The fossil finds lead us to the redefinition of the human on each occasion, denoting the ambiguity that underlies any search for an evolutionary origin. The paleontologists who found the puzzle of bones that would group under the Beatlemaniac name of Lucy believed to discover the missing link between the primates and the Homo Sapiens. They drived the origin of our species back for several thousand years. How does each anthropological paradigm shift affect our personal sphere?
Lucy is also the performance that Lilibeth Cuenca Rasmussen made at the Hans & Fritz gallery (Barcelona) as part of her exhibition Being human being which is still ongoing. It raises this type of ontological questions, and more if we know her previous work, in which the concepts of originality and belonging occupy a preeminent place.
In this action the artist practically buried herself under the clay leaving the silhouette of her naked body imprinted. Visitors could light a candle and make objects with that mud, leave their own imprint on it.
Following with the metaphor of creation, she takes up the parable of Genesis by proposing seven days of interventions in space, inviting other artists (Ana Álvarez-Errecalde, Erich Weiss …) and members of the Philippine Community of Barcelona. Western and Asian, the ritual component and contemporary art tend to be confronted in her proposals, being their dual Filipino and Danish nature that determines her view of the world.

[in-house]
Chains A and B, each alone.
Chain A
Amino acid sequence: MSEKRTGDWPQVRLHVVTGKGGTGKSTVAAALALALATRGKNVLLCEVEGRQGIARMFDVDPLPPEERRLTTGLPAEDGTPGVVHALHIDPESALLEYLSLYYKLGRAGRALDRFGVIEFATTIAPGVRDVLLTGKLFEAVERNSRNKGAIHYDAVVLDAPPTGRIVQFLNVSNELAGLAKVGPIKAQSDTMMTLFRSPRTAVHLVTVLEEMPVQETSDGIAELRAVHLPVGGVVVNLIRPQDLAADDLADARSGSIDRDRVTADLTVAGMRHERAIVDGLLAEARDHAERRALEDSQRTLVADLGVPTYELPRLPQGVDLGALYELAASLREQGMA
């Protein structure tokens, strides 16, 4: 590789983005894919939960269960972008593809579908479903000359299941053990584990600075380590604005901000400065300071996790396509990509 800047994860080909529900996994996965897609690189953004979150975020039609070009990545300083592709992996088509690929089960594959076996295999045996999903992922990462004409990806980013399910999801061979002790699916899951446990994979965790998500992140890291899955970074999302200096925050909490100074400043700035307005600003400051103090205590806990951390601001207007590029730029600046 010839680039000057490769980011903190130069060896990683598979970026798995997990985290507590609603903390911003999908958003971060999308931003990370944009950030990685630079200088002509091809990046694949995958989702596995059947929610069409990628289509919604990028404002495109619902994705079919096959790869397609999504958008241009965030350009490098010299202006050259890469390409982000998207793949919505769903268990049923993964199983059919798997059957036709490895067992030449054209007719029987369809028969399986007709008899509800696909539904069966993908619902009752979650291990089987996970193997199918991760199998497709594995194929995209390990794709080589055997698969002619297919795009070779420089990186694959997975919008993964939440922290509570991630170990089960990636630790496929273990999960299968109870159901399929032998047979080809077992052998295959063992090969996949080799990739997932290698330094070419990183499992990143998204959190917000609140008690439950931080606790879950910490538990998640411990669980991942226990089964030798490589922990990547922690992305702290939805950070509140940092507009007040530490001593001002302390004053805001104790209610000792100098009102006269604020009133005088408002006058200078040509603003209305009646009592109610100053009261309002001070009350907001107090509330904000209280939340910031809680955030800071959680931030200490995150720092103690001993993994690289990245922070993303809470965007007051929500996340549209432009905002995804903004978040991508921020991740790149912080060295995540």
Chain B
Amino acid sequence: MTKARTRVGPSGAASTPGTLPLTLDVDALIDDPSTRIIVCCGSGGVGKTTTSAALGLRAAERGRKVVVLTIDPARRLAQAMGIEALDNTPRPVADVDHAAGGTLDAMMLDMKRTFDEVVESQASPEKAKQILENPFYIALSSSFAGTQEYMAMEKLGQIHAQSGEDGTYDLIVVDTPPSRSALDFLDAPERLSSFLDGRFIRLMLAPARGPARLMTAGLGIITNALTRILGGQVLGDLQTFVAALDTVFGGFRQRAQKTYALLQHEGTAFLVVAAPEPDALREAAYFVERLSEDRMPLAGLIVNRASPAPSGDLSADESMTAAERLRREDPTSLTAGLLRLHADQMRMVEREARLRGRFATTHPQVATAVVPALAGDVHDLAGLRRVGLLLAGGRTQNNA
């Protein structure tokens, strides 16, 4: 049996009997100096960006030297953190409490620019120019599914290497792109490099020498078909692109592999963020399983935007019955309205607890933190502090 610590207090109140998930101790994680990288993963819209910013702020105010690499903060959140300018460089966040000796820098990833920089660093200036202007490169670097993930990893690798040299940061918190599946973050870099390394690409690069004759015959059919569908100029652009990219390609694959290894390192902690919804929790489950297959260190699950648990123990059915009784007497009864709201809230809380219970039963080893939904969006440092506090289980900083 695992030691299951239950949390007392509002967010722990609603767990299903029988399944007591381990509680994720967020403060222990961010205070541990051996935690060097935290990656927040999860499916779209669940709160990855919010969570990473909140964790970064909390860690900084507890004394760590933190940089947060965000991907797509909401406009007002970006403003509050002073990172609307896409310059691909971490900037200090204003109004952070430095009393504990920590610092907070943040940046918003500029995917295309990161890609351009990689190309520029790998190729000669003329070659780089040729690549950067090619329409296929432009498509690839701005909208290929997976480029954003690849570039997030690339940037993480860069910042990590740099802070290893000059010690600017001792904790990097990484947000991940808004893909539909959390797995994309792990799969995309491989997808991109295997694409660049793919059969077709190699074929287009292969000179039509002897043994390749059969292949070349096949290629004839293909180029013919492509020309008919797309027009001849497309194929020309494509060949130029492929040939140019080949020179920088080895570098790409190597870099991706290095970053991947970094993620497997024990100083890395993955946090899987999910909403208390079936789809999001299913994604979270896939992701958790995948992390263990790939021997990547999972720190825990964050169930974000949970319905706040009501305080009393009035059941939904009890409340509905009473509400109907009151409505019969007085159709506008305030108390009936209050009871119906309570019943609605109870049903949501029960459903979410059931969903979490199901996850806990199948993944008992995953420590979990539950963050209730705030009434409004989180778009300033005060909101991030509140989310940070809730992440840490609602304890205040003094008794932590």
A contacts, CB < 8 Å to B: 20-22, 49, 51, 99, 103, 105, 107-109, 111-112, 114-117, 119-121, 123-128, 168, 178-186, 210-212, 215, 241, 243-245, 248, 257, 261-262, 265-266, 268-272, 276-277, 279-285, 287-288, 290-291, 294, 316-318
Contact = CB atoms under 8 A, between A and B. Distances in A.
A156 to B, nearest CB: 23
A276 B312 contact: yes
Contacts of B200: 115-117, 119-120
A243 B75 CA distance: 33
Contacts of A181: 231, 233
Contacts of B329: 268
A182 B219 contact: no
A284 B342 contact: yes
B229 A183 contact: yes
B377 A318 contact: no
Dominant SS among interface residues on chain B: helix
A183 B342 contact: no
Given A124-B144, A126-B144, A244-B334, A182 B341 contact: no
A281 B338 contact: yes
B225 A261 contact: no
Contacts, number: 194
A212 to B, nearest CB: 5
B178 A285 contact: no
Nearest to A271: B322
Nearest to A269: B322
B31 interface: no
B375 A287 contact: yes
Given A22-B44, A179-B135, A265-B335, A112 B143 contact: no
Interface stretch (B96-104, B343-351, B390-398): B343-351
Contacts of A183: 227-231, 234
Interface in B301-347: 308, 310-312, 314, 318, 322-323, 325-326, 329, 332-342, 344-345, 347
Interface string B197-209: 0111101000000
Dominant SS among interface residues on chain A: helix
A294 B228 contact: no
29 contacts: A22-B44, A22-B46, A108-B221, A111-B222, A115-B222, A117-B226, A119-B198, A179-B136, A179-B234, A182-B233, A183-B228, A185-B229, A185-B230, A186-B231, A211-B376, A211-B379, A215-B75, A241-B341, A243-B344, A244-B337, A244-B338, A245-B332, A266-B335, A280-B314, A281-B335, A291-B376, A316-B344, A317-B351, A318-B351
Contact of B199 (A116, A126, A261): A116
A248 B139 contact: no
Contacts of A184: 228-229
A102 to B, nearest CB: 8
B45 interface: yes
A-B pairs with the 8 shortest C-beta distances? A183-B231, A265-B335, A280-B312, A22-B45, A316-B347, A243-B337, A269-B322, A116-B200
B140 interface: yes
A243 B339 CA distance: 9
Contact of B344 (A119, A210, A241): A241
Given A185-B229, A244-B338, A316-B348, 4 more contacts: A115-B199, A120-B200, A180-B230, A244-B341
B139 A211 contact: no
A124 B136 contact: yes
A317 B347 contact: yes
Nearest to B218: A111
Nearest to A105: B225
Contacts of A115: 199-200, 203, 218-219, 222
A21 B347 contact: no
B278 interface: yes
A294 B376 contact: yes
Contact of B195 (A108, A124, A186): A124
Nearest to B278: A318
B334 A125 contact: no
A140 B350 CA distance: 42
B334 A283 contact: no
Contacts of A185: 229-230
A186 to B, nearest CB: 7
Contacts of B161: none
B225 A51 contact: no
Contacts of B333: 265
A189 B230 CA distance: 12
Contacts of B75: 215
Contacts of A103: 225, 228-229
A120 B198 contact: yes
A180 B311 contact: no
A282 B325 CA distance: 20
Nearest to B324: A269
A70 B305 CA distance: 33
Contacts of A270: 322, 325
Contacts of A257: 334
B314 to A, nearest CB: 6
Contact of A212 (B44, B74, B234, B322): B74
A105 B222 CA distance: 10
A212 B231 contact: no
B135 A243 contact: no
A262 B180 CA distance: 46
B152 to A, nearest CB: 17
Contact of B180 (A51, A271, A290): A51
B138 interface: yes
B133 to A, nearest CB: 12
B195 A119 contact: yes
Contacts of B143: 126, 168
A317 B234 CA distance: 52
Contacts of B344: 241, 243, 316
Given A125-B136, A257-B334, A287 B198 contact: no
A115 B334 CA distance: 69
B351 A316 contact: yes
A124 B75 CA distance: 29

The humor and the fantasy that have impregnated many of her performances rooted in the Filipino idiosyncrasy, whereas to have grown far from the country has favored her critical distance. Keeping the equidistance between two so different nationalities has left fertile ground for cultivating parody and channeling melancholy, which also implies contradictory feelings: if on the one hand she treats ironically the artifice on which is based family cohesion (Family Sha la la), on the other she regrets the prevailing egotism in Western society (incarnating in solar divinity in Ego song).
She has used disguise, dance and irony as weapons of camouflage and transmutation: when she felt herself a target in the etnic supermarket, as she said in a choreographed song in a Hawaiian dress (Absolut Exotic), when she became a rapper cock playing with the double meaning of this word (a satire on the macho world of cockfights), as a temporary personification of performance milestones (Janine Antoni, Kubota, Orlan), or through sexualities and genres built from the social order (in Afghan hound the hair became burka, beard and kaftan successively).
Talking sculpture or ventriloquist doll, her garments are like layers of onion which, when defoliated, only show her laminate infinity. There is no nucleus to hold on to. Her actions reveal that words like authenticity and originality belong to the colonial or scientist lexicon, that the concept of femininity is based on patriarchal binarism. Dealing with it Lilibeth regurgitates the cacophony of voices that cherish inside: masculine and feminine voices, repressed and lustful, corrosive and plaintive.